Before he sent out the frightening missive, Gary Szatkowski acknowledged he had second thoughts.
The then-newly named tropical storm Sandy still was 330 miles south of Jamaica, creeping north at a glacial 5 m.p.h. It wouldn't affect the Philadelphia region until some time Sunday, at the earliest.
"Do I want to do this?" the chief meteorologist at the local National Weather Service in Mount Holly recalled asking himself Tuesday morning -- right before he pushed the button on an alert to the region's emergency managers.
Putting his trust in the computer forecast models -- in this case, particularly the European -- that have forever changed the world of weather, he advised them to get ready for a spell of atmospheric riot.
Sandy could still fizzle, but approaching the weekend, Szatkowski's call is looking like a good one.
The government says that Hurricane Sandy has the potential to become a "Frankenstorm," rocking the Mid-Atlantic-Northeast population corridor with gale-force gusts, flooding rains, and sand-erasing waves from Sunday into Halloween.
With leaves still weighing on the trees, high winds would mean massive power outages, said Jeff Masters, meteorologist at the popular Weather Underground website.
"If this pans out," said Szatkowski, "people will be remembering and talking about this a decade from now."
Sandy is forecast to interact with a front crossing the East and become a dangerous "hybrid" -- part tropical, all beast.
With river and stream levels quite low, the full impacts might not be felt until Monday, or even Tuesday. But it already has generated several days of fright.
The Red Cross, Salvation Army, AAA, and county emergency managers all have sounded the alarm bells. Commercial and private meteorologists are saying it is likely to cause $1 billion in damage.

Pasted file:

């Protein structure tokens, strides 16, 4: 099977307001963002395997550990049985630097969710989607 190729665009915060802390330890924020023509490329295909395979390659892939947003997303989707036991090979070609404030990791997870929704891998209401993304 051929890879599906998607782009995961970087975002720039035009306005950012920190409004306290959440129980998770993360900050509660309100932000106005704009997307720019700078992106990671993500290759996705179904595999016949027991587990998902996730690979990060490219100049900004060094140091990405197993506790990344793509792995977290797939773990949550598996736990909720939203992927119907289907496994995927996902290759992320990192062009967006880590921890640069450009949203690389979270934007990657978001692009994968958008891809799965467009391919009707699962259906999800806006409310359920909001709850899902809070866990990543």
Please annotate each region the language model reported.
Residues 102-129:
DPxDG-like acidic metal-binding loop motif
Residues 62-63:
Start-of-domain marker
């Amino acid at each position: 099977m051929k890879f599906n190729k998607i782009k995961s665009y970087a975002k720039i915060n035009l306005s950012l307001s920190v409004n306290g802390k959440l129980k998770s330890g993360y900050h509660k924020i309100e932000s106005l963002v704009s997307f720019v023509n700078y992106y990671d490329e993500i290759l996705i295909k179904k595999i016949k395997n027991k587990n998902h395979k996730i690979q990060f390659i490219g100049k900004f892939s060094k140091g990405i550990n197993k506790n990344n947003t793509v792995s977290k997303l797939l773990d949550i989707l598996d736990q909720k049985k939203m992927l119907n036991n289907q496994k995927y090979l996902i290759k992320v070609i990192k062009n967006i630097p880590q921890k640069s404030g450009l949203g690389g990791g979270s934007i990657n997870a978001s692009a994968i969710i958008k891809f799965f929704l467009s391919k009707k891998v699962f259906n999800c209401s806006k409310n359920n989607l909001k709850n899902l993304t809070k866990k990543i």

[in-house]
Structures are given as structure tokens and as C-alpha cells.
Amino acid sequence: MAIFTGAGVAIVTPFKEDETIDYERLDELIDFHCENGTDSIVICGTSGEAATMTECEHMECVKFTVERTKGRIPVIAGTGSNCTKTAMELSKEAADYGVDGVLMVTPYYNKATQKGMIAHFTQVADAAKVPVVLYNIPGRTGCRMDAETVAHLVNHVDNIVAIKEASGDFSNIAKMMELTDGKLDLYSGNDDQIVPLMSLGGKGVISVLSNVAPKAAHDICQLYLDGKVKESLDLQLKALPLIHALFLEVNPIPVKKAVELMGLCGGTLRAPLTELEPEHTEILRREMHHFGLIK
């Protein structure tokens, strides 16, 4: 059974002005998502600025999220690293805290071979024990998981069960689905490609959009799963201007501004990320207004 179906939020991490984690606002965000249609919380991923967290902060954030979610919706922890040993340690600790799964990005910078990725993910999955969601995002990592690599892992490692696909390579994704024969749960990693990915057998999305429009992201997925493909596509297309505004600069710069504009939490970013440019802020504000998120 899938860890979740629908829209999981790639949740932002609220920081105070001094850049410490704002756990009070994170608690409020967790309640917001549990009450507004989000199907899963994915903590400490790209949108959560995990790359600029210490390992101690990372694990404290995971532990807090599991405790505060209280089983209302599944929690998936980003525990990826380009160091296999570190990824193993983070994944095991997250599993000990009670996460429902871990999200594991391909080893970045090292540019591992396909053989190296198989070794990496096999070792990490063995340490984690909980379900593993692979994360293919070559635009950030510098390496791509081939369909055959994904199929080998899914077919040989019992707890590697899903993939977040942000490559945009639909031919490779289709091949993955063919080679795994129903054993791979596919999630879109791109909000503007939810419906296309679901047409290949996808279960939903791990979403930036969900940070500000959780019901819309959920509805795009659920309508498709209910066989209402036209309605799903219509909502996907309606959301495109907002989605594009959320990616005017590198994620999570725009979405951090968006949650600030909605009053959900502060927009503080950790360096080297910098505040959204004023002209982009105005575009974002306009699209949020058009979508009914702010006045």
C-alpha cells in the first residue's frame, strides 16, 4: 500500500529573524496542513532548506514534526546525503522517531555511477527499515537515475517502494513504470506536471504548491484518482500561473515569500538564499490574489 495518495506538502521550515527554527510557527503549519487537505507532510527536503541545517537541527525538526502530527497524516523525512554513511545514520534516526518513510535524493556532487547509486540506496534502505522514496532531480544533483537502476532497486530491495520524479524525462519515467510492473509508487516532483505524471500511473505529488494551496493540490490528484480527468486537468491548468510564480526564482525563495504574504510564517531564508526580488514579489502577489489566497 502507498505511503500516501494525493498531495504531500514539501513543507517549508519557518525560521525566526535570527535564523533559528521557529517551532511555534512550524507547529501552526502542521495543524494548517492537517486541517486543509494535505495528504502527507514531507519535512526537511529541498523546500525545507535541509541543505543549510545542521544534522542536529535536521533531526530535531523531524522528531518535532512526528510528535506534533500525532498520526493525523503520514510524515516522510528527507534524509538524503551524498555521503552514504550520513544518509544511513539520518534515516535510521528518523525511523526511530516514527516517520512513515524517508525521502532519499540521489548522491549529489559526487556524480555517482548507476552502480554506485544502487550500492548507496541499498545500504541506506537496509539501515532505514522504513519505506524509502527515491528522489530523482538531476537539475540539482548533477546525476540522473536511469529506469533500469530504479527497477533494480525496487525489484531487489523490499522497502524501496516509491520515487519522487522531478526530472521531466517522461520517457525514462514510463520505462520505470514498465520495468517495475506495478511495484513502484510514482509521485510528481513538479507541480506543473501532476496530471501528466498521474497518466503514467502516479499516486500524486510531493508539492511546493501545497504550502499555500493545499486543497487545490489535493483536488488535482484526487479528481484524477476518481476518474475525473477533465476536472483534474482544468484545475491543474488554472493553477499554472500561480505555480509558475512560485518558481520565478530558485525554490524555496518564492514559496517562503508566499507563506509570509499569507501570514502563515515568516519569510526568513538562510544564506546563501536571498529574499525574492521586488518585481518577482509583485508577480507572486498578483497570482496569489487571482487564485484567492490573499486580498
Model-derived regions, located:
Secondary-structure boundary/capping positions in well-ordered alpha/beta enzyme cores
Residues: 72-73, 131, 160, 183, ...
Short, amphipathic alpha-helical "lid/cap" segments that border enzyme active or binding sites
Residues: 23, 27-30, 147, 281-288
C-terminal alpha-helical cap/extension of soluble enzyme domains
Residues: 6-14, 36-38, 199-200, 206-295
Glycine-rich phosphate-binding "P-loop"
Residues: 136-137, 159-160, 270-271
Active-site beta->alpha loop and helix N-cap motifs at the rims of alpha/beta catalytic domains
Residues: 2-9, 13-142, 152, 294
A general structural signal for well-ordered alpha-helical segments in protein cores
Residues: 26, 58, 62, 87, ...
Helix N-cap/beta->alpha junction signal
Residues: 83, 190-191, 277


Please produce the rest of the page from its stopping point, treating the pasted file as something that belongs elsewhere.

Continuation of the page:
The storm is forecast to parallel the East Coast, then at some point take a left turn and make landfall somewhere between Delaware Bay and Nova Scotia on Monday or Tuesday, said Alex Sosnowski.
Where that happens is the key. If it occurs near Delaware Bay, the Philadelphia region could be in for an all-out disaster, experiencing the storm's maximum effects. If it's somewhere in New England, the main threat would be backlash winds, he said.
The National Hurricane Center's official track has it making landfall somewhere near Long Beach Island, where the effects still would be significant.
One ominous note is that the European model, which latched onto the storm's track as early as Sunday, has consistently called for the Delaware option.
Meteorologists do agree on one thing: It's not a question of whether a storm is coming, it's how bad it will be.
Seeing such a storm threat as far as a week in advance would have been unheard of as recently as seven years ago, said Masters.
The upside is that everyone has time to go out to stock up on candles and batteries.
The downside of this progress is that after days of hype, any given storm can be a bust, undermining the credibility of future forecasts.
With so much notice, storm threats take on a life of their own among participants in social media and the chat boards these days, Szatkowski noted. "That's the nature of the beast," he said.
"I like to say they've called nine out of the last two hurricanes."
This time around, he said, what he sees is troubling.
"The better options seem to have been taken off the table," he said Thursday.
"This is a threat."
Contact Anthony R. Wood at 610-313-8210 or email@example.com. ___
(c)2012 The Philadelphia Inquirer
Visit The Philadelphia Inquirer at www.philly.com